Capturing what he couldn’t contain or counteract, photographer Daniel Beltrá took his camera and his unwavering environmentalism to the skies, peering down at the paradoxical beauty of the Gulf Coast oil disaster.
Streaks of desert reds and iridescent blues crisscrossing the ocean resembled an oil painting more than an oil spill that is deemed one of the worst in U.S. history.
In April 2010, the BP-operated Deepwater Horizon oil rig exploded off the coast of Louisiana. It released an estimated 210 million gallons of crude oil into the Gulf of Mexico before it was capped on July 15, 2010.
The spill directly affected about 68,000 square miles of ocean, almost the size of Oklahoma. It took an incalculable toll on the region’s wildlife and damaged miles of coastlines.
How can such a harrowing environmental disaster be so visually pleasing when viewed from above? Beltrà doesn’t have the answer to that.
“I wasn’t trying to make these (photos) beautiful,” he said. “It’s a horrible, tragic event that affected a large part of the coast and lots of animals. There’s nothing beautiful about that.”
Yet he feels more straightforward photographs would fail to do the story justice.
“If I can get images that are more abstract or interesting and beautiful, then I can generate more interest and keep the story alive longer. That’s what I want – people to care and try to do something about it.”
Three years later, Beltrà is releasing “Spill,” a book of his unique aerials shot originally for Greenpeace and taken during the early stages of the disaster, as a way to renew the dialogue about what happened and what people can do about it.
“When the spill happened, everyone was horrified, and we said we weren’t going to do any more deep-sea drilling. Three years later, we’re talking about drilling in the Arctic. We have a pretty bad short-term memory.”
Beltrà, a Madrid native with a biology degree, is known for his aerial photographs. During the BP oil spill, he took to the sky numerous times over a two-month period.
“It’s a different way to show what’s happening from a viewpoint people aren’t used to,” he said. “It allows you to take a little bit of distance from the problem and see, on a larger scale from the photos, man’s impact on the planet.”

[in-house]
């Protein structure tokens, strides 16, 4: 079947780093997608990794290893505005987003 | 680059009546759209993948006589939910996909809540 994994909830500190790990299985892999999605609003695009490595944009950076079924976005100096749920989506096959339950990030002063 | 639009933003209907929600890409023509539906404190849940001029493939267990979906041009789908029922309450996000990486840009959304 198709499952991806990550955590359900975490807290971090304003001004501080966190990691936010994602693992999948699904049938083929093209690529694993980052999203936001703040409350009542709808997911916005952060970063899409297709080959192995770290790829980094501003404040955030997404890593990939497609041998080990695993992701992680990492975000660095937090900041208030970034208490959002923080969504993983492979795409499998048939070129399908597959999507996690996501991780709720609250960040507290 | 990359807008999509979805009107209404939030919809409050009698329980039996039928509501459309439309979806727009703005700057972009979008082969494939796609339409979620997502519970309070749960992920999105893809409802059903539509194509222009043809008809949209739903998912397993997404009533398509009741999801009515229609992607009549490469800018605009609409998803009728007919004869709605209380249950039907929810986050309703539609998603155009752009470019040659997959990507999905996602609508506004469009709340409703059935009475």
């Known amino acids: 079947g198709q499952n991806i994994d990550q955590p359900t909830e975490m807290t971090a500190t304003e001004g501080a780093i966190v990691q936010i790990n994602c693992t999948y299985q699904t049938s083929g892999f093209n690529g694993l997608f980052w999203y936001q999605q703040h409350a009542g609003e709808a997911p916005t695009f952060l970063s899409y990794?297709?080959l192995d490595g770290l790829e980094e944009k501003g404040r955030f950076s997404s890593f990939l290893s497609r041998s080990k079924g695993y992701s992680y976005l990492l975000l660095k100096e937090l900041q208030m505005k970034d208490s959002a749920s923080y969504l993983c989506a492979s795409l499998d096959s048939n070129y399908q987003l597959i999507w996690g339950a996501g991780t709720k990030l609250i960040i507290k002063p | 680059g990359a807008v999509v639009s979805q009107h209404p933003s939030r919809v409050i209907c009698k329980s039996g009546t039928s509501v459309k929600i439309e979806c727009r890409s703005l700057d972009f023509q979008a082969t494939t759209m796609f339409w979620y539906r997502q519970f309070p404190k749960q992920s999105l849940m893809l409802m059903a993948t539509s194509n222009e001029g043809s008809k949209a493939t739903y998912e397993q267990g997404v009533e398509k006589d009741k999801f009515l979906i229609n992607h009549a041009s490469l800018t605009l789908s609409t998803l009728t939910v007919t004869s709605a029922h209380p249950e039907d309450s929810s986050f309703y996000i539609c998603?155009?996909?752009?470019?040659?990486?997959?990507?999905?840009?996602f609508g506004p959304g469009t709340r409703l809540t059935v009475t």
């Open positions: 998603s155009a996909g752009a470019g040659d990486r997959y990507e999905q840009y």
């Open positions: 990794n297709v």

In all of his work, he focuses on the fragility of Earth and the stresses a human-dominated society place upon it. From the Arctic to the Amazon, he flies high to find the camera angle that will best invoke a sense of consciousness about our planet.
“Sometimes I say I’m an activist, but what’s really the impact of your work?” Beltrà said. “That’s for others to say, but I use my work so people do not forget and we can try to avoid the next disaster.”
Documenting controversial environmental topics is no easy feat, even from 3,000 feet in the air. Beltrà says the authorities and BP were noncompliant with the media and placed a lot of regulations on what they could and couldn’t do.
There were plane altitude restrictions and off-limits areas, he said, so in the beginning it was difficult to gauge just how massive the spill was.
Once airborne, Beltrà realized how important his job is, not only as a photojournalist but as an activist.
Digging deeper, he discovered that the surreal colors in his photographs are a result of the chemical reaction between the crude oil and the dispersant used to help mitigate the problem.
More than 400 “controlled” burns were also set ablaze in further attempts to remove the oil, seen in some of his photographs as massive plumes of black smoke.
Beltrà described the mood in Louisiana at the time as a willingness to do something about it, complicated by a serious frustration “because really nobody knew how to clean this up.”
“There were a lot of boats that were trying to clean up the oil with booms. How effective is that?” he said.
“It’s like if you take an Olympic pool and fill it up with oil, and you sit on the edge with a box of Q-tips. You can spend your life doing that, and you’ll get nowhere.”
- Michelle Cohan, CNN